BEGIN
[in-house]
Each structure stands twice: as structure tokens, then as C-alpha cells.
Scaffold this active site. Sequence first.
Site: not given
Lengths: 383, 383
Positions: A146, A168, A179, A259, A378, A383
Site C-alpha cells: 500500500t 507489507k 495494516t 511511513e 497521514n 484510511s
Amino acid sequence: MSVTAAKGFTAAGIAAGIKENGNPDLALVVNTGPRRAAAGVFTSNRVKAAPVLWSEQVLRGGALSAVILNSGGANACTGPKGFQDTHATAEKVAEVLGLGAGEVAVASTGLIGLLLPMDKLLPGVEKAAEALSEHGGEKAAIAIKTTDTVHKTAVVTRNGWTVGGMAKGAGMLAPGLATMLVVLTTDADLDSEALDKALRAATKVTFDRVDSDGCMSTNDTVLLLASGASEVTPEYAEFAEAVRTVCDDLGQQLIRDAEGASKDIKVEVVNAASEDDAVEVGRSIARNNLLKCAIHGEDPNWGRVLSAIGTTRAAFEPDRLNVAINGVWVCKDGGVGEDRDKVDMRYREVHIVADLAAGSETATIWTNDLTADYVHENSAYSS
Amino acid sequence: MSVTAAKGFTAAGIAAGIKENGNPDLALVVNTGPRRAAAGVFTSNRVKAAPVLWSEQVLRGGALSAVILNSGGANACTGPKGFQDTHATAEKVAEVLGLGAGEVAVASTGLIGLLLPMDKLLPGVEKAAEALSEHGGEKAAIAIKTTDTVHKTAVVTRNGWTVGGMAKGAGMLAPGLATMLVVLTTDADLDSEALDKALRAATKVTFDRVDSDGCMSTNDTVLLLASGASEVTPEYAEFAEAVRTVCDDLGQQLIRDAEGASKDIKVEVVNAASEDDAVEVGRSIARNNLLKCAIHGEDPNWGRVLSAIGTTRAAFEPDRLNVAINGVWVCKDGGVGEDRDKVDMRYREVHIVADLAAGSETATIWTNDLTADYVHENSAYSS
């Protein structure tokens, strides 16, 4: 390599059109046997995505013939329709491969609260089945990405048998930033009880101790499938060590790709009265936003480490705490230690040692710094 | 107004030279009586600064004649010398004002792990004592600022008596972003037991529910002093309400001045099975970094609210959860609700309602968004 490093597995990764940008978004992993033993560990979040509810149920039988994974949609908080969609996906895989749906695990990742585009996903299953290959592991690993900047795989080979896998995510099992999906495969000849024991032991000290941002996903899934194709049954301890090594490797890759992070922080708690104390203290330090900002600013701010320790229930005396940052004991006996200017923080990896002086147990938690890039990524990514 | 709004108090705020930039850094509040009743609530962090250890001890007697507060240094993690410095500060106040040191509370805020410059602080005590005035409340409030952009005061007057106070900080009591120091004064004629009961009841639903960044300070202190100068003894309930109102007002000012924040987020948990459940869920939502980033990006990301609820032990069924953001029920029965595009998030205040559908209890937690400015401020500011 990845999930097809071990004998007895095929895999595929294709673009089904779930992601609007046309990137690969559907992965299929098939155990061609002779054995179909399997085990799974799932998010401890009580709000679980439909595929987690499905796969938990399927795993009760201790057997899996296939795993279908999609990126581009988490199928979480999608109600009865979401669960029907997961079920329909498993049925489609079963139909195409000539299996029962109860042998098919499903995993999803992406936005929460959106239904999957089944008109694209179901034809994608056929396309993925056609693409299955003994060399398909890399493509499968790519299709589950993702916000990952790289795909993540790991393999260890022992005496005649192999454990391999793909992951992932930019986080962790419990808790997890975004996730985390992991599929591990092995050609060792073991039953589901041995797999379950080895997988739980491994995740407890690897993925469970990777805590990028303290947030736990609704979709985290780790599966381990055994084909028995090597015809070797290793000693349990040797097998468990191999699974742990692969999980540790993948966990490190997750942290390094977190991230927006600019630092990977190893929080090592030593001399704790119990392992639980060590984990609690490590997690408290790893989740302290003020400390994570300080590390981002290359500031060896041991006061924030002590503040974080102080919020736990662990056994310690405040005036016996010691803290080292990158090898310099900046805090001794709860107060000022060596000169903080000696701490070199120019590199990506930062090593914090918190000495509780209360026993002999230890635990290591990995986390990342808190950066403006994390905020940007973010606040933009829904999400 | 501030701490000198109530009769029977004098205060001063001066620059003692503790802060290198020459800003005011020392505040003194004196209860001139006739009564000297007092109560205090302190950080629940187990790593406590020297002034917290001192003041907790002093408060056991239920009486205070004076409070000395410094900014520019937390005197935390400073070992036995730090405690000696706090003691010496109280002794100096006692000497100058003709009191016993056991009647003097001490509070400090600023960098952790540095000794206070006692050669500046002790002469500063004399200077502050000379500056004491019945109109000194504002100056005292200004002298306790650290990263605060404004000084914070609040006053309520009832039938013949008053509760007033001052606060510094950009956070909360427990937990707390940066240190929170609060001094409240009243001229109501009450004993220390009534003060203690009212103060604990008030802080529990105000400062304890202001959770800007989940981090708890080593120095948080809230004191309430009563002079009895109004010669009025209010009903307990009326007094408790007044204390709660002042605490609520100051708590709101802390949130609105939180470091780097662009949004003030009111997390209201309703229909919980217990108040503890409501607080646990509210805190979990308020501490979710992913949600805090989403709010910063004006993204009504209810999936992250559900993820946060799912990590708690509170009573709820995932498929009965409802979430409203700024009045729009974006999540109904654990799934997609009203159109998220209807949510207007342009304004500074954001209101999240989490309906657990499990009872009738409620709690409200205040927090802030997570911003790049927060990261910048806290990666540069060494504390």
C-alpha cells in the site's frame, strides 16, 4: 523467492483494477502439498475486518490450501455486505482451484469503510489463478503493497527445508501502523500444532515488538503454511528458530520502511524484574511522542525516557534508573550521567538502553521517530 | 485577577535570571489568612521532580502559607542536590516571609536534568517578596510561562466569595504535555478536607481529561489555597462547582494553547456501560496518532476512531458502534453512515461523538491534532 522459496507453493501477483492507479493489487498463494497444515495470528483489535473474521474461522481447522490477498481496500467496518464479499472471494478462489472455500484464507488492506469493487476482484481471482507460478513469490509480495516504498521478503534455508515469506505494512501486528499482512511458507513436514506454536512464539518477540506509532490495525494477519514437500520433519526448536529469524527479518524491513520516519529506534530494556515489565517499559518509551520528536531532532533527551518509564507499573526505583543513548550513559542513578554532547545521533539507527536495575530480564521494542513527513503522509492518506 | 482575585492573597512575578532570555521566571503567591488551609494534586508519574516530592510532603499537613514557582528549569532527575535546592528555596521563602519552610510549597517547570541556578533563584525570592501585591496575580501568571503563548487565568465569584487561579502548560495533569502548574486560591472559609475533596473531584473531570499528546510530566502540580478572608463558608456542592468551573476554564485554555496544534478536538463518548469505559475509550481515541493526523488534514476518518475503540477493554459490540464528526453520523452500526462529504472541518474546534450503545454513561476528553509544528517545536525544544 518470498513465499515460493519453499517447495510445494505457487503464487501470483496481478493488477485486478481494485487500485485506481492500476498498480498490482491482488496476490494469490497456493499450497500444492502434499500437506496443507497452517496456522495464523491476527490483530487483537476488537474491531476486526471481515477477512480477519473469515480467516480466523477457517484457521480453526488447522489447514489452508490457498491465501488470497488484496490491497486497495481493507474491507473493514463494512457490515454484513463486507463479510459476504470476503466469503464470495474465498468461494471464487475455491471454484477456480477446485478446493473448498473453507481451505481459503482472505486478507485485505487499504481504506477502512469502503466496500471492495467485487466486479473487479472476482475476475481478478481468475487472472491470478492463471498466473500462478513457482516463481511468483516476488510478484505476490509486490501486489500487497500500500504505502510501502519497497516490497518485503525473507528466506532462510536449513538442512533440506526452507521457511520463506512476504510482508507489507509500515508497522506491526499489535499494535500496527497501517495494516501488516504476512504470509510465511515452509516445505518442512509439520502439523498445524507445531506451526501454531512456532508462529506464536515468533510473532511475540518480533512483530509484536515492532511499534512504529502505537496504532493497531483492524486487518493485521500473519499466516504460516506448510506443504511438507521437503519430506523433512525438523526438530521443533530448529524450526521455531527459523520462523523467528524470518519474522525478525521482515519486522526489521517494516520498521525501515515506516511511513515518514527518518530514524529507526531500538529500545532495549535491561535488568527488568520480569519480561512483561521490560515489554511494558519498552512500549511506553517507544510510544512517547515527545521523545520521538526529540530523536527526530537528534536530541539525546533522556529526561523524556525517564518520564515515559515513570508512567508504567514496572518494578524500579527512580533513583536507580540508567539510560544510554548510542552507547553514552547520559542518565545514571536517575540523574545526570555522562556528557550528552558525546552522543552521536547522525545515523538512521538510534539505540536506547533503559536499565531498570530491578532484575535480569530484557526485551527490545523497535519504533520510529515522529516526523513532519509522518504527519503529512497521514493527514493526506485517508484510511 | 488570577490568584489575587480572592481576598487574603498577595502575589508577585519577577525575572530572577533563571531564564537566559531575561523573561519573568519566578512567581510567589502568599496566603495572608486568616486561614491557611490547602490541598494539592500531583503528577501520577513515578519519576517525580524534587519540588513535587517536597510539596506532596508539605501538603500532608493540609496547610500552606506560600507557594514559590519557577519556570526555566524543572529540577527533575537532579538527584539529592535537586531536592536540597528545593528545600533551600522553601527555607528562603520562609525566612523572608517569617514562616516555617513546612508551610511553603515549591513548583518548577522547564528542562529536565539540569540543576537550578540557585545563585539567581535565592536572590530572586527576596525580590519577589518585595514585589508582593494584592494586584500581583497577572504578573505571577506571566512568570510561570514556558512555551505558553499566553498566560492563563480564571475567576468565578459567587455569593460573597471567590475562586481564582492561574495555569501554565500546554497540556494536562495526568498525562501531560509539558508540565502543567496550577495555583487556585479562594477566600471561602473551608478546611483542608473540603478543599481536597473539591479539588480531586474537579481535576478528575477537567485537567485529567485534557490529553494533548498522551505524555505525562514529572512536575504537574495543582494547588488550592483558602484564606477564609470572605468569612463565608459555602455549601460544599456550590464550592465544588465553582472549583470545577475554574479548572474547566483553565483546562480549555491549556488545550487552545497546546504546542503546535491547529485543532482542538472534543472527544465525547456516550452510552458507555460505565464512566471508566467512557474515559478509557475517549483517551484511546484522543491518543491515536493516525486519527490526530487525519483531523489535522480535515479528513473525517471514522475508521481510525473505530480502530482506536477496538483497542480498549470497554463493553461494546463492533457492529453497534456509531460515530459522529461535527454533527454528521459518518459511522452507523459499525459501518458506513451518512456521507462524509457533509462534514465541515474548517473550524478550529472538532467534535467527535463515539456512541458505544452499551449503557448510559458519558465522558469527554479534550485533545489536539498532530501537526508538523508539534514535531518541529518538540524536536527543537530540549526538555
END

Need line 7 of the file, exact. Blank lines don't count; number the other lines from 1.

Site C-alpha cells: 500500500t 507489507k 495494516t 511511513e 497521514n 484510511s